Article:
"What's the world for you if you can't make it up the way you want."

-Jazz, Toni Morrison

Not at Night

Not at Night

We are happy, at least during the day when the sun is shining. And when it’s not. We love each other even when the clouds saunter in and leave their marks on the sidewalks and streets. We find a smile as if it were a dollar bill found in the pocket of a raincoat. 

Daytime happy. That’s what we are. We call each other best friends. He is my husband, the person I am growing old with. Shared laughter exercises our bellies. We talk as if there are unlimited subjects. We attend to each other’s tired, knotted muscles. It is love, the real kind, the kind not even movies can capture.

But not at night. In bed, nothing is said. Nothing needs to be said because our actions rise against our voice boxes. 

It starts with a stolen pillow left in no-man’s land, gone before waking from a sleep spindle. The sheets, a constant contention as temperatures fluctuate, require covering our bodies one second and thrusting it aside the next. Sheet-o-war I’d call it if words came out of my mouth and not actions from my hands, grasping the edges of the sheets and pulling, fighting for my right, my ownership, my half. Our nights, filled with blanket kicks, non-verbal accusations, thievery and self-serving tugs all while flipping back and forth, facing the enemy, then turning away.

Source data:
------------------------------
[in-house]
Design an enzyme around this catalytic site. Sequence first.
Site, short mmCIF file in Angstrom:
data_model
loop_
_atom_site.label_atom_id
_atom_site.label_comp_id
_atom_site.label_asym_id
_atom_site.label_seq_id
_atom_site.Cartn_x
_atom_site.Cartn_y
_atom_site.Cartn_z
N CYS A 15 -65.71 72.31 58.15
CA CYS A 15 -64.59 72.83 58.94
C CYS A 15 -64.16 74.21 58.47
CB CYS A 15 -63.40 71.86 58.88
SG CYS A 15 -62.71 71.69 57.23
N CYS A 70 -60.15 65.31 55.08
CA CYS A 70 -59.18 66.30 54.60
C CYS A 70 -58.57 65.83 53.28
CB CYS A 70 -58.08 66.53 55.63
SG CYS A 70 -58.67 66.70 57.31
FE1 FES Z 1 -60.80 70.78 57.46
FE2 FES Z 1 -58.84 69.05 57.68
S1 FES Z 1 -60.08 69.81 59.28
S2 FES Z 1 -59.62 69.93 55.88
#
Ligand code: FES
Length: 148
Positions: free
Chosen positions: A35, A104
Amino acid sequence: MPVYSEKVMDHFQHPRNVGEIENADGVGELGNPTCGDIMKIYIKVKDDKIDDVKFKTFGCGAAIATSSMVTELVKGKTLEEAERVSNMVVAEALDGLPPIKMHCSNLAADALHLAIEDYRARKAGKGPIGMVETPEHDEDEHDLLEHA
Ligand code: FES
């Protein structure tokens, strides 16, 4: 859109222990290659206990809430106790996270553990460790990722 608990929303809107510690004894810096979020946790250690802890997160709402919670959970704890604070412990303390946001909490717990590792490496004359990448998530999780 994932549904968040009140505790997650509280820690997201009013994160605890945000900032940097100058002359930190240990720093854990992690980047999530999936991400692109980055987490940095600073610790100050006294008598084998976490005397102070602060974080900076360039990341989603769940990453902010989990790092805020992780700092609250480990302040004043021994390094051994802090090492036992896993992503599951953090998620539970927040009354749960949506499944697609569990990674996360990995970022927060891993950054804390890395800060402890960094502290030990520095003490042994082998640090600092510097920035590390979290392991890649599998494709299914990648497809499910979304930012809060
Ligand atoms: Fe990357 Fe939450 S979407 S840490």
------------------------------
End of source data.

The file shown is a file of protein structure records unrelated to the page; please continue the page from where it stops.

When at last the light glances in the spaces where the curtains meet, struggles find their hiding places in the darkness of the covers as the bed is straightened out, sheets untangled and replaced from corner to corner, duvet carefully smoothed, pillows orderly stacked.

“Good morning,” he says.

“Good morning,”

We say little until we can wash away the stench in our mouths from the night of sealed lips. When we brush away the evidence down the drain and into the darkness, the words come back, and we kiss to welcome a new day. Friendship returns, another day of laughing and talking and looking after one another. Best friends to the end, every day. 

But not at night.

Amy Wall writes “to get the quirky stories out of her head that seem to pop up out of nowhere.” While she works in Mergers & Acquisitions, her true love, besides her family, comes with the magic of pencil scratching across paper. Having traveled around the world, and living for 8 years in Australia and NZ, Amy now lives in San Diego. She is a member of SDWEG and The Just Write Society. Website: www.amywallauthor.com, Facebook: facebook.com/amy.geremiawall, Instagram: @amygeremiawall, Twitter: @curconfess

Cover photo Todd Diemer

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